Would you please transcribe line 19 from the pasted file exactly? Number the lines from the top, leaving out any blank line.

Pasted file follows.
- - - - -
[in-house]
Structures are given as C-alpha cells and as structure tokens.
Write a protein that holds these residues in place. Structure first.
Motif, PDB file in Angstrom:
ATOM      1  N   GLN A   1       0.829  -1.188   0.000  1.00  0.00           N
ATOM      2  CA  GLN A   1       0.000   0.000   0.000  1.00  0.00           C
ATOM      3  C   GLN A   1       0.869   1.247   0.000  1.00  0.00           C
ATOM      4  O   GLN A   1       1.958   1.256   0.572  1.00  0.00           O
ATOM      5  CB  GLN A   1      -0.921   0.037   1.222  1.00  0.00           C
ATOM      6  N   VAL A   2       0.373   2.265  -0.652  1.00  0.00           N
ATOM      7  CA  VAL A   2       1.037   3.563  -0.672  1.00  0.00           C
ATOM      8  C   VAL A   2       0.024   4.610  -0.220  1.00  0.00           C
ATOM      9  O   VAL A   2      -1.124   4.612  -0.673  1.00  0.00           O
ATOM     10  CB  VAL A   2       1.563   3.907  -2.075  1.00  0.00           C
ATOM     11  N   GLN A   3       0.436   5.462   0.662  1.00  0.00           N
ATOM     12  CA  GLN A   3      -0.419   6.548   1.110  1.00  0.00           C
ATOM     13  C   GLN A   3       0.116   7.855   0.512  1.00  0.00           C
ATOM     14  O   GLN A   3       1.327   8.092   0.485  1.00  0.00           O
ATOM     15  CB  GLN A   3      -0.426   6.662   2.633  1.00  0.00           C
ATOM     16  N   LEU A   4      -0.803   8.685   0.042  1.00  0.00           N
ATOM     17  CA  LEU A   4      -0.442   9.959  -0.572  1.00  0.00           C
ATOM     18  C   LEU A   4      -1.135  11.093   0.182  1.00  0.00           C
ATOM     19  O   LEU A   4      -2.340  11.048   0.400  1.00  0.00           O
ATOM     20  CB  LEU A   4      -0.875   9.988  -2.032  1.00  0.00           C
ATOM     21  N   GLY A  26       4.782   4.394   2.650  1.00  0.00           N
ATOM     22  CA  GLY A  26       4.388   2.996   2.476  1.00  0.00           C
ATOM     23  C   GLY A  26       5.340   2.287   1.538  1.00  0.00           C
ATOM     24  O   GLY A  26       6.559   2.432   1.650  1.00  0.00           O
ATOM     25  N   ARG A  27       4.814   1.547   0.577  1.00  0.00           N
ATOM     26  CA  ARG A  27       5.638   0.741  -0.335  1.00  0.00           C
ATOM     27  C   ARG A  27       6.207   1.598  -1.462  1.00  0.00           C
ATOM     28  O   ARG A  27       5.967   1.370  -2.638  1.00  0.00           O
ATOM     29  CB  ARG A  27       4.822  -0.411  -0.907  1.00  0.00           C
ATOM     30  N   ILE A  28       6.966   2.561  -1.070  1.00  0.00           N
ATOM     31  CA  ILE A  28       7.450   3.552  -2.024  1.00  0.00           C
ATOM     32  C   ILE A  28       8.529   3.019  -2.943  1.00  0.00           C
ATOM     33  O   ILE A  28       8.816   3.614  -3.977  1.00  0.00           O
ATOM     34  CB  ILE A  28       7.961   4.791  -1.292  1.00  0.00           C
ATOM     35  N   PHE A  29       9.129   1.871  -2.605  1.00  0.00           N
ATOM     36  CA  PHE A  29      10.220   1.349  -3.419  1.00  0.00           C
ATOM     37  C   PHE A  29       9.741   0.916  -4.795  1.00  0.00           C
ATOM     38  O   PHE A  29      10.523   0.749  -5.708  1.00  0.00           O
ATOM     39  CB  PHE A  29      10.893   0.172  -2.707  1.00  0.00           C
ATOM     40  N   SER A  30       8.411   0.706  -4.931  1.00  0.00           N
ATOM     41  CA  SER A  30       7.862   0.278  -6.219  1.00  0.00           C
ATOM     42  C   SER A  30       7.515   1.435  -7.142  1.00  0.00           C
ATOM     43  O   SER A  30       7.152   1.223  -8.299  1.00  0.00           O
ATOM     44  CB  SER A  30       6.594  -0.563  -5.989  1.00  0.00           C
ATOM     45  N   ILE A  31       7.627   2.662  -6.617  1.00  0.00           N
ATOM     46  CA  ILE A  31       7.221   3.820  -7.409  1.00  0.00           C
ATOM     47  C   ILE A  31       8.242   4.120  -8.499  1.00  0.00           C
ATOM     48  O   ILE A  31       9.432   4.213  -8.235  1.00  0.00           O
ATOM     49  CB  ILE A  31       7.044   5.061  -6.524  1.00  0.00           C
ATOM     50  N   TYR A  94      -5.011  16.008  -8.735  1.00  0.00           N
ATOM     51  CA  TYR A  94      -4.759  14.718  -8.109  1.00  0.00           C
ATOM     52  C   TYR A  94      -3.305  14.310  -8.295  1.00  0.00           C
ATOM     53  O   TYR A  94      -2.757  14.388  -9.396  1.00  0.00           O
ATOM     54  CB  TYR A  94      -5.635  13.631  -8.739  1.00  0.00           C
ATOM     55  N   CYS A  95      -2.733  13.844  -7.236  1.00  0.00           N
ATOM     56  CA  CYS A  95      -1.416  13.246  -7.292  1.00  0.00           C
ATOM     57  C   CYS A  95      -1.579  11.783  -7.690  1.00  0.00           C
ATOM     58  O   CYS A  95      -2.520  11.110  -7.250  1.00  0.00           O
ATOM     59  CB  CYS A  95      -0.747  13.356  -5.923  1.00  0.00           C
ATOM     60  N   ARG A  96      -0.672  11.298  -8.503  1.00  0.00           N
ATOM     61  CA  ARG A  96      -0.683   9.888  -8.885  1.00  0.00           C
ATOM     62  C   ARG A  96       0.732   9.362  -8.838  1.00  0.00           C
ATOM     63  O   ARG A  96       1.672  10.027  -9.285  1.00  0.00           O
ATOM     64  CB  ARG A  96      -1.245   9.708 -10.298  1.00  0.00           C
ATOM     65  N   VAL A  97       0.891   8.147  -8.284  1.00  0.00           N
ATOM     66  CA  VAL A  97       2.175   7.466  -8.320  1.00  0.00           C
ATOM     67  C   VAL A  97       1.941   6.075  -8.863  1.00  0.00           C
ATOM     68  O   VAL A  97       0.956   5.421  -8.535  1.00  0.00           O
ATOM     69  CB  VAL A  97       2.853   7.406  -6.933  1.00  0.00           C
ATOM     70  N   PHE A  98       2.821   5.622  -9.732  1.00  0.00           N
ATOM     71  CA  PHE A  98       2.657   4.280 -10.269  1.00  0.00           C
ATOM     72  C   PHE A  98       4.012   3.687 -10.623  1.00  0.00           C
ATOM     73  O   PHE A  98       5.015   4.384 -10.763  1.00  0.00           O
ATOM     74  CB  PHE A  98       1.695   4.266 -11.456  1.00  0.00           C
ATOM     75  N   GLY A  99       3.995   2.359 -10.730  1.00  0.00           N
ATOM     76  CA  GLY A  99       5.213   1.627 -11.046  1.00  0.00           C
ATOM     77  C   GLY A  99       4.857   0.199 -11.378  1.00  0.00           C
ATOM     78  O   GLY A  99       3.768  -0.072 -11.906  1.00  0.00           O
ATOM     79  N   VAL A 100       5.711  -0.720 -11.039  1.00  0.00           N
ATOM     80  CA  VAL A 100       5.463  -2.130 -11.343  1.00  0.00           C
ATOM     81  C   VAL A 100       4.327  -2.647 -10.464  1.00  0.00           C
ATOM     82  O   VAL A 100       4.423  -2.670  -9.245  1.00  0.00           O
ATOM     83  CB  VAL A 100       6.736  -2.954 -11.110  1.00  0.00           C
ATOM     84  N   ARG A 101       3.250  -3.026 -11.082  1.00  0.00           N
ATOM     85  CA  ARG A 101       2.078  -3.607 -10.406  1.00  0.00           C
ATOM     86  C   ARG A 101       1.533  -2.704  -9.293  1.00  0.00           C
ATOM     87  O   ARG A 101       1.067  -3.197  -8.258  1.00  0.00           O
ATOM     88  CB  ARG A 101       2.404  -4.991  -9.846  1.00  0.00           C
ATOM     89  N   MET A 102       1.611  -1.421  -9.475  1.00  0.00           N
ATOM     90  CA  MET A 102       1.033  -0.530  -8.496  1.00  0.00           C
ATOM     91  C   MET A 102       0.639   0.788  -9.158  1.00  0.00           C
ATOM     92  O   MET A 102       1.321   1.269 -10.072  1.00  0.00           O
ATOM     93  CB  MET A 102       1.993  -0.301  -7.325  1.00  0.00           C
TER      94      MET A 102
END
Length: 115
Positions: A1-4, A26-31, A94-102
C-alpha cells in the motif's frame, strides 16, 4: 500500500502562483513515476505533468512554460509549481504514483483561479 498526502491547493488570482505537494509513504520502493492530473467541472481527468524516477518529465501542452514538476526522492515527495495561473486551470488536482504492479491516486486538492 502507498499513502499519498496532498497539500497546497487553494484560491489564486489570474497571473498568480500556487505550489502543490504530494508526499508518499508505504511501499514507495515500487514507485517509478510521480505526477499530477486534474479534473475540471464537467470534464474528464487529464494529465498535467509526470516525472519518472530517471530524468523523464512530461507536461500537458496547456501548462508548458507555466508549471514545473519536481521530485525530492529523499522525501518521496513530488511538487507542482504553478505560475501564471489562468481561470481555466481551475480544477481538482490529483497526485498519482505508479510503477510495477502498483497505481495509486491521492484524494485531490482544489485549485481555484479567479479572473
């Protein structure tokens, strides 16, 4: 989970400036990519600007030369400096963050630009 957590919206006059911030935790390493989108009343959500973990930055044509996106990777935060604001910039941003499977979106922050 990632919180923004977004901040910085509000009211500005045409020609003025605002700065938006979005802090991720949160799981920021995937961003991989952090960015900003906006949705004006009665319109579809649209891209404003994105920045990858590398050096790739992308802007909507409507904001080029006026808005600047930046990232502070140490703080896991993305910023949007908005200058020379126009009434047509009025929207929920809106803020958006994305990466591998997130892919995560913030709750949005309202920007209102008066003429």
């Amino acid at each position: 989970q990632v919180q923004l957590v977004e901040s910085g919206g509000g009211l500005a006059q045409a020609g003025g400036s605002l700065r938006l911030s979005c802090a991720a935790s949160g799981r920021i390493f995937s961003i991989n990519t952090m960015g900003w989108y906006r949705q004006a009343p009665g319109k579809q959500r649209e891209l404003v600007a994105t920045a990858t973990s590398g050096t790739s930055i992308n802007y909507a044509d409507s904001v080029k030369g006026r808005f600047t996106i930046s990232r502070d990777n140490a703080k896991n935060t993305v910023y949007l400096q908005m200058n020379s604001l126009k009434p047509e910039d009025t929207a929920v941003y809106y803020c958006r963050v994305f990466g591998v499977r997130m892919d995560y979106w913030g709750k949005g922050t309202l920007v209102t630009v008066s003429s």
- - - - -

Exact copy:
ATOM     15  CB  GLN A   3      -0.426   6.662   2.633  1.00  0.00           C